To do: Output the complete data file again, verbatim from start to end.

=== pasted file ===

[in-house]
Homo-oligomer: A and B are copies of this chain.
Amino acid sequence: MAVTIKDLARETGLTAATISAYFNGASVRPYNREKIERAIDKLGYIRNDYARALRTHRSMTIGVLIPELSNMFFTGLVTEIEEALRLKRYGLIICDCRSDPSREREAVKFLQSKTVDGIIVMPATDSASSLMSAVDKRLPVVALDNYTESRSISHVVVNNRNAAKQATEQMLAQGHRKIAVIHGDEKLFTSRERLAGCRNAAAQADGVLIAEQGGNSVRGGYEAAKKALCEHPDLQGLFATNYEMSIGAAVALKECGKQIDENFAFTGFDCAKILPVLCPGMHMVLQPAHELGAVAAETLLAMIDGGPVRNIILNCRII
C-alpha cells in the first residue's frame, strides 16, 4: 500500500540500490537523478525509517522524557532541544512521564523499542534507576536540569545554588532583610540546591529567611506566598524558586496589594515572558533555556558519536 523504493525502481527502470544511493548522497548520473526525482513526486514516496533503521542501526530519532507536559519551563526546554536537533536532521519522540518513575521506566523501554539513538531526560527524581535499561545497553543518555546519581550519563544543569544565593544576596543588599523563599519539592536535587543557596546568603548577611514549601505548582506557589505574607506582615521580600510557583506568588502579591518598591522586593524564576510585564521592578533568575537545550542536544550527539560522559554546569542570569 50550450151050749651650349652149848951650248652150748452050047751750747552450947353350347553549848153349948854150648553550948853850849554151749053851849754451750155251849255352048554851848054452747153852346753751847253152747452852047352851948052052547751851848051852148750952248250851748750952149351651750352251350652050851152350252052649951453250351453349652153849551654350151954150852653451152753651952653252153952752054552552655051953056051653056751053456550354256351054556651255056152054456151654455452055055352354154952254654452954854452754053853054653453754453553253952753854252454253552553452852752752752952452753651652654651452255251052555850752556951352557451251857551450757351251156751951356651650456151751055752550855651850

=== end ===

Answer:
[in-house]
Homo-oligomer: A and B are copies of this chain.
Amino acid sequence: MAVTIKDLARETGLTAATISAYFNGASVRPYNREKIERAIDKLGYIRNDYARALRTHRSMTIGVLIPELSNMFFTGLVTEIEEALRLKRYGLIICDCRSDPSREREAVKFLQSKTVDGIIVMPATDSASSLMSAVDKRLPVVALDNYTESRSISHVVVNNRNAAKQATEQMLAQGHRKIAVIHGDEKLFTSRERLAGCRNAAAQADGVLIAEQGGNSVRGGYEAAKKALCEHPDLQGLFATNYEMSIGAAVALKECGKQIDENFAFTGFDCAKILPVLCPGMHMVLQPAHELGAVAAETLLAMIDGGPVRNIILNCRII
C-alpha cells in the first residue's frame, strides 16, 4: 500500500540500490537523478525509517522524557532541544512521564523499542534507576536540569545554588532583610540546591529567611506566598524558586496589594515572558533555556558519536 523504493525502481527502470544511493548522497548520473526525482513526486514516496533503521542501526530519532507536559519551563526546554536537533536532521519522540518513575521506566523501554539513538531526560527524581535499561545497553543518555546519581550519563544543569544565593544576596543588599523563599519539592536535587543557596546568603548577611514549601505548582506557589505574607506582615521580600510557583506568588502579591518598591522586593524564576510585564521592578533568575537545550542536544550527539560522559554546569542570569 50550450151050749651650349652149848951650248652150748452050047751750747552450947353350347553549848153349948854150648553550948853850849554151749053851849754451750155251849255352048554851848054452747153852346753751847253152747452852047352851948052052547751851848051852148750952248250851748750952149351651750352251350652050851152350252052649951453250351453349652153849551654350151954150852653451152753651952653252153952752054552552655051953056051653056751053456550354256351054556651255056152054456151654455452055055352354154952254654452954854452754053853054653453754453553253952753854252454253552553452852752752752952452753651652654651452255251052555850752556951352557451251857551450757351251156751951356651650456151751055752550855651850